Like so much else, it began with Viagra.
When Pfizer introduced the blue pill in 1998, British health authorities worried it could wreck its budgetary process. It restricted access to the stuff, which prompted a suit claiming the government’s decision was capricious.
That inspired the government to consider a standardized, transparent approach to rationing medical interventions and a year later NICE, the National Institute for Health and Clinical Excellence was born.
Since then, NICE has received acclaim for limiting health care cost escalations and using evidence-based practices to assure that government spending buys the maximum amount of good quality life.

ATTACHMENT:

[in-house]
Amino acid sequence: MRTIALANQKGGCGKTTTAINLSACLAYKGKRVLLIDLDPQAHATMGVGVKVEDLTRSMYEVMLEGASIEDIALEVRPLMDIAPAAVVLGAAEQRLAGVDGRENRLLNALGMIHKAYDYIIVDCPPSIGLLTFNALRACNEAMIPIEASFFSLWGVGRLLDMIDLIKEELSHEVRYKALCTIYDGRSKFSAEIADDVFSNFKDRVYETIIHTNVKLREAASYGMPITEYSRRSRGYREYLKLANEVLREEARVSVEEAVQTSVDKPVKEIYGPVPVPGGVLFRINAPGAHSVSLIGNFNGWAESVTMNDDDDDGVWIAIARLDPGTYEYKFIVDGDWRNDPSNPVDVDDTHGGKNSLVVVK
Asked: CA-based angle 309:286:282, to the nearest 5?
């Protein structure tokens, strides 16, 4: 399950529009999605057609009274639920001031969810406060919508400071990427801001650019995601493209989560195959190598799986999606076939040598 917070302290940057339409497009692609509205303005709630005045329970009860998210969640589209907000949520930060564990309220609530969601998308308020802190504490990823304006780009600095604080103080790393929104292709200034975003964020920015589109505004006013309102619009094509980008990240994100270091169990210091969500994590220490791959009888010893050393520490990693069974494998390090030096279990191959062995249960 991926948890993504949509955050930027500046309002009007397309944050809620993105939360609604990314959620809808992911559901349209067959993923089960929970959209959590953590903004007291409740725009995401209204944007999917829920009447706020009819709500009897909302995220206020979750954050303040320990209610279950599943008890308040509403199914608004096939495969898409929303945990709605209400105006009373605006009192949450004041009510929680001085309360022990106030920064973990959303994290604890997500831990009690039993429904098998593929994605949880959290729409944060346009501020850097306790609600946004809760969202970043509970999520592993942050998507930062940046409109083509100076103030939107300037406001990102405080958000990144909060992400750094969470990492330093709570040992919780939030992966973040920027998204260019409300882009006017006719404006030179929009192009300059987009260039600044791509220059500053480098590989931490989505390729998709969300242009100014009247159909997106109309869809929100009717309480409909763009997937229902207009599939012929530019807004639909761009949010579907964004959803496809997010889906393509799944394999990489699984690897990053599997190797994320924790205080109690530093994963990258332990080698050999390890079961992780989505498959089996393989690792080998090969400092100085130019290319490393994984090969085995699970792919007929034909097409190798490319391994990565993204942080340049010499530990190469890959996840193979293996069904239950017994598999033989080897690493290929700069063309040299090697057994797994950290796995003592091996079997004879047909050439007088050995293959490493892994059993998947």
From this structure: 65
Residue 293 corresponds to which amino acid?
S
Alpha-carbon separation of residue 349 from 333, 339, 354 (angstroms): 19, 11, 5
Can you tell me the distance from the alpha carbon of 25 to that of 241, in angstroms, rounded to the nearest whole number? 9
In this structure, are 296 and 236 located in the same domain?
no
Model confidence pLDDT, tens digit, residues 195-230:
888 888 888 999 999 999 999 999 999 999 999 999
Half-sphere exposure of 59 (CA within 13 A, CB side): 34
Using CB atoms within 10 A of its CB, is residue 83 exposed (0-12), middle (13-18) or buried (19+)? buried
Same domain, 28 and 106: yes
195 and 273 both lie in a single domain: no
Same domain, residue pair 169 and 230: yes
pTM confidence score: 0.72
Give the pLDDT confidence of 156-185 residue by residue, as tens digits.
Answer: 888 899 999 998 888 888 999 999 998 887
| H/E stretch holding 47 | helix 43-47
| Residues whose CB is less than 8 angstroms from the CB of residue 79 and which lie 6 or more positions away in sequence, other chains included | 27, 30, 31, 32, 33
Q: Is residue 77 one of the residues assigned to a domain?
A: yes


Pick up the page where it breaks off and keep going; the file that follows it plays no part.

No one thinks this is easy. The British press is filled with heartbreaking stories of people who cannot access effective cancer drugs for example, but NICE responds that permitting these drugs means sacrificing others that are more cost-effective.
For years the British system was the only one to ration care this way, but spiraling health costs and souring economies have changed everything.
Now according to the New York Times, officials in at least 4 countries, Austria, Thailand, Colombia and Brazil say they either rely on NICE’s decisions or want to establish NICE-like institutions of their own.
Can something like NICE work in the US?
Actually, we may have no choice, according to Mike Leavitt, the secretary of health and human services. If we don’t do something to curb spending on health, it “could potentially drag our nation into a financial crisis that makes our subprime mortgage crisis look like a warm summer rain,” he said.